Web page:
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A new fracture for unity

THE Guardian reported, last Friday, there was a move afoot between Inshan Ishmael, of the COP, and Ramesh Lawrence Maharaj, of the UNC, to create a new unified political force to fight the PNM.

Based on the content of the report, one got the impression Basdeo Panday was not part of this new move, and there was the suggestion this was being done to sideline Panday, as well as Winston Dookeran, the COP leader.

Based on public appearances, there is clear evidence Ishmael and Maharaj have joined forces in a march that was organised by Maharaj in Charlieville last weekend.

The next test will be to see who attends the rally being organised by Ishmael on June 8.

So far, it appears as though both Ishmael and Maharaj will join hands on that platform.

According to the report, Ishmael said, inter alia:

“There are certain people in COP and the UNC who wouldn’t want the parties coming together, so something has to give. Maybe this is the beginning.

“I think with Mr Maharaj’s leadership, it stands a better chance of happening, because many people in COP see Panday as a deterrent to an amalgamation of unity.

“Winston and others have said before that there would have been an amalgam if not for Panday.

“If there’s support for Maharaj, he would be the one to ignite unity, because he’s respected by many.” (Trinidad Guardian, May 30, 2008, P 5).

There is no doubt what is going on here. Ramesh Lawrence Maharaj is being promoted as the leader of an initiative for the merger of the COP and the UNC.

It is also obvious the basis of this new political entity is the removal of Basdeo Panday from leadership of the UNC-A.

With Panday under a suspension from the House of Representatives until the end of this parliamentary session (which ends on December 16, if Parliament is not prorogued sooner), it means Ramesh Lawrence Maharaj, as the Opposition Chief Whip, has been the one to lead the Opposition forces in the House of Representatives while Panday remains missing in action.

Cross floor

Essentially, if a rift occurs within the UNC-A about any moves that may be made by Maharaj to assume leadership of a new entity that will not include Panday, it would be difficult for any action to be taken against Maharaj under the constitutional provisions for crossing-the-floor as Panday (as leader of the party on whose ticket Maharaj contested the general election) is suspended from the service of the House for the rest of the year (at most).

If these initiatives by Inshan Ishmael are really going to take place with Ramesh Lawrence Maharaj, then the UNC-A will have to have an internal debate about whether to accept this move or not.

The Panday loyalists in the party are not going to accept this, and Maharaj will have to declare his hand, unless Panday goes along with the plan.

If Panday is not on board with this, he and Maharaj will have yet another showdown that would recall much of what was said back in 2001, when they fell out with each other.

On the COP side of the coin, there also appears to be to some measure of willingness to engage the process.

Deputy Political Leader of the COP, Prakash Ramadhar, gave a cautious response in the same Guardian report last Friday as follows:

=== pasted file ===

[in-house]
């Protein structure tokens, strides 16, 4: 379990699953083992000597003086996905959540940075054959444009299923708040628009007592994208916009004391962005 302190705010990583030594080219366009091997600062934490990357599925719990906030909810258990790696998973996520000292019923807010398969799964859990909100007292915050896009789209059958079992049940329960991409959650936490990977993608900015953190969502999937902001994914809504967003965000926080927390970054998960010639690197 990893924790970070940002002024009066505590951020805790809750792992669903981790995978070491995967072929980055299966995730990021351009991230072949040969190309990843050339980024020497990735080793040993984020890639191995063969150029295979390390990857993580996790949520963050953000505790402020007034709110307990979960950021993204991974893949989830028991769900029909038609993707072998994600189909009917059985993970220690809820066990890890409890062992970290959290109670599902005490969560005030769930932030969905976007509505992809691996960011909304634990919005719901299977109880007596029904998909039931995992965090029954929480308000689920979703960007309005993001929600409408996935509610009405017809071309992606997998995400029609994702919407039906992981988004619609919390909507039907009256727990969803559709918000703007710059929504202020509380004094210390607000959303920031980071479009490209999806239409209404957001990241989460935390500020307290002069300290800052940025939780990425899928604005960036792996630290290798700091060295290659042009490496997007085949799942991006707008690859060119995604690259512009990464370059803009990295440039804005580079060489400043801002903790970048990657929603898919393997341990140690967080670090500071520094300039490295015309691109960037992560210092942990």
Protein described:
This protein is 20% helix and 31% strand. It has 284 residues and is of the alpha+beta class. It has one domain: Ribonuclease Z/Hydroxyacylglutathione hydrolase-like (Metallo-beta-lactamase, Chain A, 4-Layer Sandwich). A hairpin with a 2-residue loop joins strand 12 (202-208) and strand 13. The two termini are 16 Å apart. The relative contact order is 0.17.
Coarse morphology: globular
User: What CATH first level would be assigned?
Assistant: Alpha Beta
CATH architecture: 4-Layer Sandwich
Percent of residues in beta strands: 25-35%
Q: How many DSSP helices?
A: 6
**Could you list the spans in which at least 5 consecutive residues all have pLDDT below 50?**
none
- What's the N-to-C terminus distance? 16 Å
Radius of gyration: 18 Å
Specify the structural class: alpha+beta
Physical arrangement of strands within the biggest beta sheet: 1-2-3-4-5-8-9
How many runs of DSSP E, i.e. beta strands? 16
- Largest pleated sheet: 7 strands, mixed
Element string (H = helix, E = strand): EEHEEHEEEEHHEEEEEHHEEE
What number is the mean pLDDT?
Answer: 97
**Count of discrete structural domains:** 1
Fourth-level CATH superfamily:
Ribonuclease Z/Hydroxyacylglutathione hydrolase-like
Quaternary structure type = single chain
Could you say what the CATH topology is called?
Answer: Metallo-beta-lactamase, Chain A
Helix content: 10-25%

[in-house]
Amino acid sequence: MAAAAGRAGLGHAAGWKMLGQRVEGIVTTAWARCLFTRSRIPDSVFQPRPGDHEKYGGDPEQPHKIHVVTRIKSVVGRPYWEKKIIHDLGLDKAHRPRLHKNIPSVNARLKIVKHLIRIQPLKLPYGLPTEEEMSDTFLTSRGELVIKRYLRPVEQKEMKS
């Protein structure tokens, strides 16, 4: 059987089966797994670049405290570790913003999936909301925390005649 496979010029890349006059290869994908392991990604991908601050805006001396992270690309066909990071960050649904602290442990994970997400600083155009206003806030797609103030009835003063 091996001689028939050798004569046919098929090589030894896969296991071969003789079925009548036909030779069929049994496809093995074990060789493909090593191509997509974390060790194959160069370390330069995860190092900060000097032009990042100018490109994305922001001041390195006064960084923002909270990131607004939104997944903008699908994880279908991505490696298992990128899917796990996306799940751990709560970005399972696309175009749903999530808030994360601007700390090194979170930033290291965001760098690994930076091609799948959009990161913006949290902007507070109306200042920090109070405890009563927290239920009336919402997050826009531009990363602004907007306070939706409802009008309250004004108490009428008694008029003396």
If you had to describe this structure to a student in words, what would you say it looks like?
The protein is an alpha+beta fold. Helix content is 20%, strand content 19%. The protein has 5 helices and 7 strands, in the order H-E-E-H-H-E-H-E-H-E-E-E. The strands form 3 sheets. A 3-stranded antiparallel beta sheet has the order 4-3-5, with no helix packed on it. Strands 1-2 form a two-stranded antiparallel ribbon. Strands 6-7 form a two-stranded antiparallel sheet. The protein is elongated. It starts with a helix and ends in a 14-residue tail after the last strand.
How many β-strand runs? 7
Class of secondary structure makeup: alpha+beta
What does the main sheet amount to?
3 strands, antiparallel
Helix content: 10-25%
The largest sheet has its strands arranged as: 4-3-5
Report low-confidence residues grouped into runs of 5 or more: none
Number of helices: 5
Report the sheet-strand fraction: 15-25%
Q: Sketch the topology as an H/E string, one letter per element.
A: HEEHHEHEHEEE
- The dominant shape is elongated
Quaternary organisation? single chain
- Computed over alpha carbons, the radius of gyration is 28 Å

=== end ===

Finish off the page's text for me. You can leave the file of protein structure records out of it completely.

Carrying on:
“COP has always been open to persons interested in T&T’s development and willing to subscribe to principles of integrity, morality, decency and courteous behaviour.

“It shouldn’t be about which party is joining which…That’s a false premise promoted by petty politicians.”

Like Prime Minister Manning, Ramadhar is also concerned about people having courteous behaviour. However, he seeks to take the unity debate beyond the issue of parties coming together.

In this context, he appears to be saying the issue of unity is not about COP and UNC-A coming together for the sake of forming a single political machine.

In essence, the very premise of the COP and UNC-A unity argument has been a faulty one, precisely because it seeks to promote division by excluding the PNM.

Designed to heal

How can any political movement that seeks social unity make a call on the basis of the COP and the UNC-A uniting to remove the PNM from power and still be serious about unity?

Such a message contains its own formula for a fracture, because it is designed to exclude PNM supporters.

Such a call for unity contains its own desire for hegemonic domination over the PNM, so that it is bound to fail, because it is a false unity that no PNM supporter would want to share by virtue of automatic exclusion.

The COP–UNC clarion call for unity is really an electoral convenience that is designed to prepare a unified face to defeat the PNM in the local government elections.

It is not about uniting the people of the country because of any belief that the people are divided.

The only division that a COP–UNC call for unity is designed to heal is the one that manifested itself in the voting behaviour of their supporters in the last general election.

If the proponents of a COP-UNC unity are serious about a philosophy of unity, they would not go around talking about the creation of a political movement to remove the PNM from power.

All that that does is to prove that their mindset is about power, not about unity.

They want to use the same philosophy of a majoritarian democracy, where greater numbers of the popular will can provide power, as opposed to consociational and accommodative political behaviour that takes hegemony off the table and engages people in a dialogue about social unity, with respect for diversity.

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